Research suggests that false confessions, along with invented personal memories of alleged crimes, may contribute to many wrongful convictions.
Many people in Iowa City imagine that, if they were wrongly accused of criminal activity, they would stubbornly defend their innocence. However, in reality, this is not always the case. It's not uncommon for wrongly accused people to incriminate themselves or give false confessions, even when they face serious charges, such as sexual assault or homicide. This is a risk that should be taken into account during any criminal case.
Causes of false confessions
The Innocence Project explains that false confessions play a role in many convictions that are later overturned based on DNA evidence. In fact, more than one-quarter of people who were exonerated on this basis originally gave false statements or made incriminating statements.
The reasons that people give false confessions can be varied. The Innocence Project identifies the following common underlying factors:
- Impairment - people who are intoxicated, fatigued or mentally disabled are at greater risk for giving false confessions.
- Fear or duress - some people confess out of fear of real or threatened violence, criminal sanctions or other consequences.
- Lack of understanding - people who do not adequately understand the relevant laws or the situation may also give false confessions.
Alarmingly, new research suggests that some people who give false confessions may not even realize they are doing so. Instead, interrogation tactics may put people at risk for developing highly convincing false memories.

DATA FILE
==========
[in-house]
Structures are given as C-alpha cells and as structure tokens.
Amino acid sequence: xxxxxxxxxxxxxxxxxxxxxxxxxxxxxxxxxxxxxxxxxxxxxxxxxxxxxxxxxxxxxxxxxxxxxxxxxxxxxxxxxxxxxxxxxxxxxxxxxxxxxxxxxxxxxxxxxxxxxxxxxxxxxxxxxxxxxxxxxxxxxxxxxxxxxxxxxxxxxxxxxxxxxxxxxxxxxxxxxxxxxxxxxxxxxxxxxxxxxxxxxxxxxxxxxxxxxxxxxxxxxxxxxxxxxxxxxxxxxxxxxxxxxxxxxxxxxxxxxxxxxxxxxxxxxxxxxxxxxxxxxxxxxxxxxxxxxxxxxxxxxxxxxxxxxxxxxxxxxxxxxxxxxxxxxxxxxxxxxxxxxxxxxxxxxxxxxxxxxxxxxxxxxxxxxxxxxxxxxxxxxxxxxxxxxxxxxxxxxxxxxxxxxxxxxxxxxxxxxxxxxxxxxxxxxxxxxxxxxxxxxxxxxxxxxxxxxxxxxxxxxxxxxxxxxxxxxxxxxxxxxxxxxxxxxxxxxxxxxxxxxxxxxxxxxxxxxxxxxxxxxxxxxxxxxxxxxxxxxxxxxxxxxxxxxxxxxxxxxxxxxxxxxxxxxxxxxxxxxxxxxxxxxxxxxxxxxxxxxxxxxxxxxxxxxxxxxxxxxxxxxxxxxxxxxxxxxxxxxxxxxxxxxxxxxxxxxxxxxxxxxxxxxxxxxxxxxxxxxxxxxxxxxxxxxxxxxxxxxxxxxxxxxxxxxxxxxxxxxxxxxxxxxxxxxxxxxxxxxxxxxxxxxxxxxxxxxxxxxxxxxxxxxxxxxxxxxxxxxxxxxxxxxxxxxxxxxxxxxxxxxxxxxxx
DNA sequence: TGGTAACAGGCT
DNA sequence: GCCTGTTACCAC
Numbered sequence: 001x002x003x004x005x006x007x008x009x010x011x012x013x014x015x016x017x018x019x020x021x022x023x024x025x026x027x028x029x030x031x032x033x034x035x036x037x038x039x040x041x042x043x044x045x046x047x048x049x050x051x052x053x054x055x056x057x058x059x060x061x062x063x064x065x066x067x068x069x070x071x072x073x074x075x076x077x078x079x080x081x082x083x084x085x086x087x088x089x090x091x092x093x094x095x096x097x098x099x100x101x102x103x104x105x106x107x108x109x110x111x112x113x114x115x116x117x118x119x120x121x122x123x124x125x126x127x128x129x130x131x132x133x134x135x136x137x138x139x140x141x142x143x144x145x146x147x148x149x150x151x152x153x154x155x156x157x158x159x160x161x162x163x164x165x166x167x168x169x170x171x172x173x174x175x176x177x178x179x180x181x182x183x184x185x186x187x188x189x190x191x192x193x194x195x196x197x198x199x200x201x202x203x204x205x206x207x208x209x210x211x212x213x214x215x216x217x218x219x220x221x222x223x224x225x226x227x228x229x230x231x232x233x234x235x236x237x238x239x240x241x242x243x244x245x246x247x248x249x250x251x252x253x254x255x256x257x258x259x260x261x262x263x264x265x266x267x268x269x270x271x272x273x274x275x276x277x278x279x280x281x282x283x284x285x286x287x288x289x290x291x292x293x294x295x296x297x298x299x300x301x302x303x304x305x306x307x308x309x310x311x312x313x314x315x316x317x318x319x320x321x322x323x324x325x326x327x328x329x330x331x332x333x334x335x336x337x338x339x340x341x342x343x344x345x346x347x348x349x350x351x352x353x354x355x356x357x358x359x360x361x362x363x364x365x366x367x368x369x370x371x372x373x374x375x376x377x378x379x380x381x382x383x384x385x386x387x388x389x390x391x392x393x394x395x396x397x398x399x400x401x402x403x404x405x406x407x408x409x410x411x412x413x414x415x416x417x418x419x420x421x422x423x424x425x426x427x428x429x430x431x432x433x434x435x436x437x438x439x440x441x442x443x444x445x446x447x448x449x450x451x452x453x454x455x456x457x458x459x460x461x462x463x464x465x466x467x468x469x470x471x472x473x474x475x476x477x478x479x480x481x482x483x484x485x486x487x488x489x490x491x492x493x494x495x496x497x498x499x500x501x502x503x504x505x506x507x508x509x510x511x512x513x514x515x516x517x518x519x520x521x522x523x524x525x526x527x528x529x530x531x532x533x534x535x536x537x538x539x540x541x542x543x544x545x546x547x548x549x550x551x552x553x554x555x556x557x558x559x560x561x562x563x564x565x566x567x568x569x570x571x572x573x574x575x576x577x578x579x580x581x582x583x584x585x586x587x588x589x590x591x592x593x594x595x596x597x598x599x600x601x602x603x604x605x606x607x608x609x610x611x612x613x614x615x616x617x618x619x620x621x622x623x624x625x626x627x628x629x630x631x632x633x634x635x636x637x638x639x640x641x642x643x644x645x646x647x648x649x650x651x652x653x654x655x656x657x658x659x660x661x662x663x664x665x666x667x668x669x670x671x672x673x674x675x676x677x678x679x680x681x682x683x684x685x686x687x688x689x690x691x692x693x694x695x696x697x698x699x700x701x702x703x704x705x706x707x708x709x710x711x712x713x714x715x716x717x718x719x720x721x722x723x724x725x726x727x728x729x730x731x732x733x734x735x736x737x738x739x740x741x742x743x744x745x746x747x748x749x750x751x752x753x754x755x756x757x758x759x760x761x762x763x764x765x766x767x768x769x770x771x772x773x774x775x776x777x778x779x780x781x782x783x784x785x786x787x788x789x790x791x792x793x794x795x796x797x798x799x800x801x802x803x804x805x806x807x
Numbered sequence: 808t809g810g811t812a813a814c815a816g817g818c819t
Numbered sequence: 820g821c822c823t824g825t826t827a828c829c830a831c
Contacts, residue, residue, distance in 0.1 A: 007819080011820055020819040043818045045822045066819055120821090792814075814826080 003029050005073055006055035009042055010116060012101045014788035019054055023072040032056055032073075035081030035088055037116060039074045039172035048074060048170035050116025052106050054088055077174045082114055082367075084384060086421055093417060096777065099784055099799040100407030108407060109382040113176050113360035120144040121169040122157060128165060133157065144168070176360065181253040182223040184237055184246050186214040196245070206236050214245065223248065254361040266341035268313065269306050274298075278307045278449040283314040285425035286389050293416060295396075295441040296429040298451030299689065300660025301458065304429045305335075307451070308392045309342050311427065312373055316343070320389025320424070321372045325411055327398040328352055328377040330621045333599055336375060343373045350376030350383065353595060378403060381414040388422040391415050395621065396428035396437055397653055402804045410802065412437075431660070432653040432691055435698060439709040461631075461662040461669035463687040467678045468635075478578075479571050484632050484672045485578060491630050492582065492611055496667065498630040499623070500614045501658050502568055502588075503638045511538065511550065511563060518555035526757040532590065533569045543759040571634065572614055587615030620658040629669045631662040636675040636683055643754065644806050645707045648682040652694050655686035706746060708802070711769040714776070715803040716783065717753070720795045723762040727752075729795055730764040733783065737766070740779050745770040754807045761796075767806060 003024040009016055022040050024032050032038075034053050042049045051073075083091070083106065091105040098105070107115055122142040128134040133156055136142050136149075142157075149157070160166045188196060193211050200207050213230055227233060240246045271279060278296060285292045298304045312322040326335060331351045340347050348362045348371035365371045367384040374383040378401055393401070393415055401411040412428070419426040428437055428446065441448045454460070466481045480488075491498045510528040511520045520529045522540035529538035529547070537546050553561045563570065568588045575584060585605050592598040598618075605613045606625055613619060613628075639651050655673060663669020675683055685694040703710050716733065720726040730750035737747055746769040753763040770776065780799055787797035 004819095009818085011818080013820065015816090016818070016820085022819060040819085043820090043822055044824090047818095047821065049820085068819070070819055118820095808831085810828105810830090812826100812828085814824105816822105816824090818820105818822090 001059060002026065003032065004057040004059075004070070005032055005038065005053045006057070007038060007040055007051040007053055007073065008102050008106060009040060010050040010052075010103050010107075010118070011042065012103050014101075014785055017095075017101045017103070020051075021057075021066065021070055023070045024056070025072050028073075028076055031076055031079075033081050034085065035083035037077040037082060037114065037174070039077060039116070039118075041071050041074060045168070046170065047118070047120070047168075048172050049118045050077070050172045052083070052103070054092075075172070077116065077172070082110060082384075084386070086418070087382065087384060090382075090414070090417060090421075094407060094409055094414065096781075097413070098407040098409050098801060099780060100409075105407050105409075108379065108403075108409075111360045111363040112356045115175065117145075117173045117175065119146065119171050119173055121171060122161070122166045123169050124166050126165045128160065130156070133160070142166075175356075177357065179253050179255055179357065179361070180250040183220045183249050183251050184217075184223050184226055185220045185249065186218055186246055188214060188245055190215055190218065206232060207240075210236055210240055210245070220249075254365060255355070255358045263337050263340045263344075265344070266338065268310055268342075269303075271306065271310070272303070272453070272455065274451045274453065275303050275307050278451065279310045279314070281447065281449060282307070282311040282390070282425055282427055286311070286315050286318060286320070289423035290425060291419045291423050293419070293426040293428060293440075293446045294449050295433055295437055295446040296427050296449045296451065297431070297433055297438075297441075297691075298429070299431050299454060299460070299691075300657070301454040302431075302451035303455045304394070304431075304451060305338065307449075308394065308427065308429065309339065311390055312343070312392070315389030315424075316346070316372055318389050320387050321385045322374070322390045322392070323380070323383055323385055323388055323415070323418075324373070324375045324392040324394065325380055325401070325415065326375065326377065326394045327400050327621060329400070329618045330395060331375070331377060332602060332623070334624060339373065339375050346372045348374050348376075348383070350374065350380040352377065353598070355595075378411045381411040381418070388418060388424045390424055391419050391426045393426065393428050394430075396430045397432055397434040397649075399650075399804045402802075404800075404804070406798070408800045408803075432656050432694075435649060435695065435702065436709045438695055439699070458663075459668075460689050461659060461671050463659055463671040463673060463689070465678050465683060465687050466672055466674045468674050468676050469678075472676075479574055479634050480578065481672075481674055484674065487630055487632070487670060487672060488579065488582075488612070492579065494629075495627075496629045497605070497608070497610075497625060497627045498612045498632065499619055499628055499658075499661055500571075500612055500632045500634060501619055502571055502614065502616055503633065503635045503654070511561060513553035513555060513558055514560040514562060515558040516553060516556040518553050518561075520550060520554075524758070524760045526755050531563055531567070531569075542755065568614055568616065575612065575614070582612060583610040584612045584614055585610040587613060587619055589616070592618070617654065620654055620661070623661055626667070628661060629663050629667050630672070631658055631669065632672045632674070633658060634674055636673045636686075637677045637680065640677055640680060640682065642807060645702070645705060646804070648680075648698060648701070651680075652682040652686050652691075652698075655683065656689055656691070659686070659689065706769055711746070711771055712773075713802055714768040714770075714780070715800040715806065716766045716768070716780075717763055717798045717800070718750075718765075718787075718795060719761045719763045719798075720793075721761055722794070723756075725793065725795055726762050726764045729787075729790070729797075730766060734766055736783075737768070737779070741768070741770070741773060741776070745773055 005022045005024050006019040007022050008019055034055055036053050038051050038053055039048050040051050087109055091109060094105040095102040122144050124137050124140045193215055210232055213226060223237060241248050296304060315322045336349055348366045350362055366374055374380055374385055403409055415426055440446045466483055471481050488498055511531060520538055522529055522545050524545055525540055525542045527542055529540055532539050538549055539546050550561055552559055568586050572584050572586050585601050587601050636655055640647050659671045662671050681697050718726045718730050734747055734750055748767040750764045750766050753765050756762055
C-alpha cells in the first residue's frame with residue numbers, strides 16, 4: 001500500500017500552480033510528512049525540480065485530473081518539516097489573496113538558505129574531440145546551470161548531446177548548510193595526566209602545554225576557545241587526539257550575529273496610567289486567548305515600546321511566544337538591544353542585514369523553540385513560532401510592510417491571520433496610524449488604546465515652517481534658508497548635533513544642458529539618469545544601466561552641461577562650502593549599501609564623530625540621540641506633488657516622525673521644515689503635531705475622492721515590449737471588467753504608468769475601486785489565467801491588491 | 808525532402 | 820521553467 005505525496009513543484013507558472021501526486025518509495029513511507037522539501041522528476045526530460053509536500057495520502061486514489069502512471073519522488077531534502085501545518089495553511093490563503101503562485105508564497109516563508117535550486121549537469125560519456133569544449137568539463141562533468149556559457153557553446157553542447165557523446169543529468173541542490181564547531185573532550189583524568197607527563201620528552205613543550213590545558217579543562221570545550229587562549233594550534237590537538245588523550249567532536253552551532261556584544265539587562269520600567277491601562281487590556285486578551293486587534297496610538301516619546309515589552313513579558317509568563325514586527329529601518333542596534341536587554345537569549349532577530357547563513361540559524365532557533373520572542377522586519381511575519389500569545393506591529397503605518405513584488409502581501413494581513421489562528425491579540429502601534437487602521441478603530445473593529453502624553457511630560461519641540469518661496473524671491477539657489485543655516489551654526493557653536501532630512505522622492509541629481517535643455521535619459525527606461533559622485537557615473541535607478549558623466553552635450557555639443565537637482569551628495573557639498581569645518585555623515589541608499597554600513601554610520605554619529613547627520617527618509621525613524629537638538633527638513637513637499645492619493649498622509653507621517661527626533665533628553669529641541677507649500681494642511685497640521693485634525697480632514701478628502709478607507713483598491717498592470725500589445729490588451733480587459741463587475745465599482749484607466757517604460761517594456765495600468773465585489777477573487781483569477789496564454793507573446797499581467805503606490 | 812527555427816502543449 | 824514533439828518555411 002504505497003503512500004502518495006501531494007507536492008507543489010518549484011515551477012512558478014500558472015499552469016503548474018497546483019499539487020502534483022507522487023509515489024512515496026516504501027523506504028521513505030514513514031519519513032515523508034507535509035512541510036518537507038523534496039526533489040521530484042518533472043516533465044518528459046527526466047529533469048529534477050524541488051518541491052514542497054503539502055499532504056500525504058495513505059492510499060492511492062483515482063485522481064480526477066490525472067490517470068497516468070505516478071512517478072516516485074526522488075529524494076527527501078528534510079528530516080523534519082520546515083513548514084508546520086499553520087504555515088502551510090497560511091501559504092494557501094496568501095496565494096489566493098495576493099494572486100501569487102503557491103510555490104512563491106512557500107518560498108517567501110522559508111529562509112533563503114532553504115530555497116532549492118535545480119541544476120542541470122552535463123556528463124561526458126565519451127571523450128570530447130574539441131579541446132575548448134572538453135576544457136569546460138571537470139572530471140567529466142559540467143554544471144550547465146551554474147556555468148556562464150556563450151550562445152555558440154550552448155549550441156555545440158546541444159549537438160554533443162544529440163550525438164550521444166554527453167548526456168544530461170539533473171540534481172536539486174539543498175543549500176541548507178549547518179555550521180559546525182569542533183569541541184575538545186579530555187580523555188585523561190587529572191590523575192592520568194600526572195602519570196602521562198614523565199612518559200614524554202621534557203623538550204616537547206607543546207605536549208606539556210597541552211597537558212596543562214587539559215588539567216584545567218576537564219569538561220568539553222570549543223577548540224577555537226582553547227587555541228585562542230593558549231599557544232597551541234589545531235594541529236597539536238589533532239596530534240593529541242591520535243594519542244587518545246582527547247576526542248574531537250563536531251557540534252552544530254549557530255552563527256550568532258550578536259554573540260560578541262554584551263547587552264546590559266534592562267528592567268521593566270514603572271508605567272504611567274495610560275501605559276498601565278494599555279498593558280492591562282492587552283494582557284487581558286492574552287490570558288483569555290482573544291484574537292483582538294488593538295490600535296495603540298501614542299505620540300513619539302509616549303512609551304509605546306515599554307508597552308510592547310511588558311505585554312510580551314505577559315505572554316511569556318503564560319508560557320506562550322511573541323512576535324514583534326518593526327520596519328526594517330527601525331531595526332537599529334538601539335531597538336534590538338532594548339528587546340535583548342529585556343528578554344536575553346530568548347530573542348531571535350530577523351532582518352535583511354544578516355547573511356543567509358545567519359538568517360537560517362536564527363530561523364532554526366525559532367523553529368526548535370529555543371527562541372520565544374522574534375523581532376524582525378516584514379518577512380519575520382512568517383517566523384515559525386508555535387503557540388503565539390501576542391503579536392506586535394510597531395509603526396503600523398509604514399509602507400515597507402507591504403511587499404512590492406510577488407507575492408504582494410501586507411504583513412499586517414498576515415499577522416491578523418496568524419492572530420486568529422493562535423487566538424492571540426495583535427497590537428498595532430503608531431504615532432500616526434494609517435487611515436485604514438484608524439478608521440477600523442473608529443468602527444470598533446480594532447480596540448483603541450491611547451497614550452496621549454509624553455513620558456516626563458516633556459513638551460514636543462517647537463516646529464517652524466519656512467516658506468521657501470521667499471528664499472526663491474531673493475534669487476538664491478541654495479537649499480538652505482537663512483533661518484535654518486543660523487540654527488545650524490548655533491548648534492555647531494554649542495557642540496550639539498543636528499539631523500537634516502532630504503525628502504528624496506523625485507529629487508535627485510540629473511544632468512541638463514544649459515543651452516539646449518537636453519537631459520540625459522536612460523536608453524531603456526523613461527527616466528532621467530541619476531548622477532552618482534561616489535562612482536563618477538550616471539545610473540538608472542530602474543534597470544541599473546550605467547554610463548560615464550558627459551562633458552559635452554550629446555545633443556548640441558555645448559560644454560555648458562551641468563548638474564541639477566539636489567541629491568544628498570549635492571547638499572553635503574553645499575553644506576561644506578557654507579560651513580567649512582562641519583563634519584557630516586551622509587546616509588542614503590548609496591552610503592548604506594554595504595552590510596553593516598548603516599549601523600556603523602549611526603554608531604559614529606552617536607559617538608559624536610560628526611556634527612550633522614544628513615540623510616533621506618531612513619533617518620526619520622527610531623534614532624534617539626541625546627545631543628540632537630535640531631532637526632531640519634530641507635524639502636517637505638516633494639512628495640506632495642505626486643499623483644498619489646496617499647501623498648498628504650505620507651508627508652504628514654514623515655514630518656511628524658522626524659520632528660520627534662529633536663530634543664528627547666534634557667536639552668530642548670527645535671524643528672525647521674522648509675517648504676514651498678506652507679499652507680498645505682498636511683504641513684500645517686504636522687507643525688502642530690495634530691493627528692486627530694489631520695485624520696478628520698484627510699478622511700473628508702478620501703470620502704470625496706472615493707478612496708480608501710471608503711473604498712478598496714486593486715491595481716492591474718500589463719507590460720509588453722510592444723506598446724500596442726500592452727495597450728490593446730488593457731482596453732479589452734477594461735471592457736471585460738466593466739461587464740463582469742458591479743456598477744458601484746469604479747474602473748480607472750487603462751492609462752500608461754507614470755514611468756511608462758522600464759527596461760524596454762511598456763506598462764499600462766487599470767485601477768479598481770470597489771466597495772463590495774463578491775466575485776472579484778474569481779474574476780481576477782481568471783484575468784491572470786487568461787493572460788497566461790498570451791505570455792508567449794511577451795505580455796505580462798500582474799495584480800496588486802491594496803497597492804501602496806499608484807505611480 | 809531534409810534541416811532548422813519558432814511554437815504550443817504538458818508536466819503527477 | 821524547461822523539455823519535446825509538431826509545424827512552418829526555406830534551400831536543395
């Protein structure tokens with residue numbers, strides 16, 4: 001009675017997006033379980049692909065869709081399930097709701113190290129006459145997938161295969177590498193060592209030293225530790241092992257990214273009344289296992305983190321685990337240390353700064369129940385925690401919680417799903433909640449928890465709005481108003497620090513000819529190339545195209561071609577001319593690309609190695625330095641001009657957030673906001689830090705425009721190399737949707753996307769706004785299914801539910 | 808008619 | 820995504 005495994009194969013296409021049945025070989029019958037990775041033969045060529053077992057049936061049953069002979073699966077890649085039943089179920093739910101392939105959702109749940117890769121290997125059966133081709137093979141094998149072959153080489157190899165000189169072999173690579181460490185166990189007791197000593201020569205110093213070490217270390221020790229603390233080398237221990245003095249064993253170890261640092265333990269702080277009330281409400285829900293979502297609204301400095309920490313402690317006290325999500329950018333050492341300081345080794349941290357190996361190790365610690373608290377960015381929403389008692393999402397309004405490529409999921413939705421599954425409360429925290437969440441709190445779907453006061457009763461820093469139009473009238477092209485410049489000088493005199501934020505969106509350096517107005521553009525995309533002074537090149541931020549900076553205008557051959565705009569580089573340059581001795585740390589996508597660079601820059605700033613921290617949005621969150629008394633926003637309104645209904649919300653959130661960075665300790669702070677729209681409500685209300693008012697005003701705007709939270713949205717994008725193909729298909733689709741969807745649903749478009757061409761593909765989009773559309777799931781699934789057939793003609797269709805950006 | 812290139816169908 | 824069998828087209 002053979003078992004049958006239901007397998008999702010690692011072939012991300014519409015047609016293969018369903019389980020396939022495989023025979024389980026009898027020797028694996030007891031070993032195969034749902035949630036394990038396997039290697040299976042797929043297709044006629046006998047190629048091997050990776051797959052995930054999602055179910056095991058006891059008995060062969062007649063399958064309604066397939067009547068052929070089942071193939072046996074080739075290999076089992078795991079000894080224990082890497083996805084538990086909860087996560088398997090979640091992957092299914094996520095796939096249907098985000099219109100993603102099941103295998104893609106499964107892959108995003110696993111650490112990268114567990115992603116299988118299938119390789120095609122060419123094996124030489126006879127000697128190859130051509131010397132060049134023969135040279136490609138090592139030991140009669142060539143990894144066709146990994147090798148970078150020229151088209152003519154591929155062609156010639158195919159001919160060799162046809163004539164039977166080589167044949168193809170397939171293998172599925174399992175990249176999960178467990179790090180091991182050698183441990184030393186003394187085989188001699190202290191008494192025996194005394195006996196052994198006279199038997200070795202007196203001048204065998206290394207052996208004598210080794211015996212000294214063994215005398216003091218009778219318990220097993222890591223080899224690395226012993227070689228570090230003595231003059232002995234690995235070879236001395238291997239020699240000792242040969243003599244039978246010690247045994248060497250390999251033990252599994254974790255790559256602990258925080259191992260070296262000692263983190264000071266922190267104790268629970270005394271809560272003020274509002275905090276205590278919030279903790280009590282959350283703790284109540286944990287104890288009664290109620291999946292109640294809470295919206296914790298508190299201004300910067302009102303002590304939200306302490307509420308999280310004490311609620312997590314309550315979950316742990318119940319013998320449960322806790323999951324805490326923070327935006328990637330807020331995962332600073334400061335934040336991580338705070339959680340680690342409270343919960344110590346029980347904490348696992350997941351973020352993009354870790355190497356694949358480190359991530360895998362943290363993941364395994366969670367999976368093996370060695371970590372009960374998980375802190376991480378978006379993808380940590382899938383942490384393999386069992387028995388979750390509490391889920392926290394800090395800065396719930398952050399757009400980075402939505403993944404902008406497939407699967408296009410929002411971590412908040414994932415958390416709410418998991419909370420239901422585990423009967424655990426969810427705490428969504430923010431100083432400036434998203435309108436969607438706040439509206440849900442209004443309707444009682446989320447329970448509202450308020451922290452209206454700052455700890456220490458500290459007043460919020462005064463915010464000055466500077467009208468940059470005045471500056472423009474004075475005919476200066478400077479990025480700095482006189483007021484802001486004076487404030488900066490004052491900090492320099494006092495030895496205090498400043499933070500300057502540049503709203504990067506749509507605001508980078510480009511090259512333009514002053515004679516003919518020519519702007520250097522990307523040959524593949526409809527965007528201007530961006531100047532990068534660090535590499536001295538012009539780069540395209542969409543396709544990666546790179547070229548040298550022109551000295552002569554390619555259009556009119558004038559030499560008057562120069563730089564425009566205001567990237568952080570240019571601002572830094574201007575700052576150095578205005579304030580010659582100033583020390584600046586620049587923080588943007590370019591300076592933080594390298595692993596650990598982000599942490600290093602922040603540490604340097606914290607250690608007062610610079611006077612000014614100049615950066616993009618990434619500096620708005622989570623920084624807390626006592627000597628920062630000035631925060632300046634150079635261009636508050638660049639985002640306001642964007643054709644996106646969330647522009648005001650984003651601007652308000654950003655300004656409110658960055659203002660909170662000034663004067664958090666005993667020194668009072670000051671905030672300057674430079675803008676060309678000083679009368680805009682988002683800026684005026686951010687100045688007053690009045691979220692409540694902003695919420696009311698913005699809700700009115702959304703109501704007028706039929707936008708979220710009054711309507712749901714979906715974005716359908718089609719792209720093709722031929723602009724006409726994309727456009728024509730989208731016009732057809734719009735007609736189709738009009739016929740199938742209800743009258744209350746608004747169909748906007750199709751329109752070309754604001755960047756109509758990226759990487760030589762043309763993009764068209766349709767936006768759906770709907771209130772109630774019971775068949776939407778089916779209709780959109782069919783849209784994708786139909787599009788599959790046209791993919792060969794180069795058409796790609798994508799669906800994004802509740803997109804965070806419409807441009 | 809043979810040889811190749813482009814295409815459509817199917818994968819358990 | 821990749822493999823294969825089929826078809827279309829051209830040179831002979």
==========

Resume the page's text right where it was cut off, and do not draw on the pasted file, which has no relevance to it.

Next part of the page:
Fabricated memories of crimes
According to The Toronto Star, during a recent study, researchers recruited 70 students and interviewed them about past life events. Prior to the interviews, the researchers spoke with each participant's caretaker about a vivid event that occurred during the participant's adolescence. Equipped with these real-life details, the researchers asked participants to describe this event and a second, fabricated event.
Researchers mentioned only that the second event involved assault or brought the participants into contact with law enforcement authorities. The researchers told the participants that they would remember the event if they really tried. The researchers also suggested that participants use measures such as visualization to help them "remember."
Troublingly, after three interviews that lasted less than an hour each, over 70 percent of the participants "remembered" committing crimes. Many invented detailed memories that caused them to feel emotions such as guilt. Some even maintained that their memories were real after researchers explained that the "crime" never happened.
Prevalence of false confessions
These results are troubling, especially since the methods used in the study were very different from police interrogation tactics. The participants were not detained or questioned at length, and they were not forcefully accused of committing crimes. In the fact of such actions, it's possible that the risk of false memories and confessions may be even higher.
According to the National Registry of Exonerations, 12 people have been exonerated of criminal charges in Iowa since 1992. One of those individuals was convicted on the basis of a false confession as well as official misconduct. Still, the data from the Innocence Project suggests that the number of people wrongly imprisoned in Iowa due to false confessions may be much higher.
Seek legal help
These findings underscore why it is important for people facing criminal charges to seek legal advice. Without assistance, people who have been accused of crimes may be at risk for wrongly incriminating themselves or giving false confessions. An attorney may be able to help the criminally accused understand other options for addressing the charges that they face.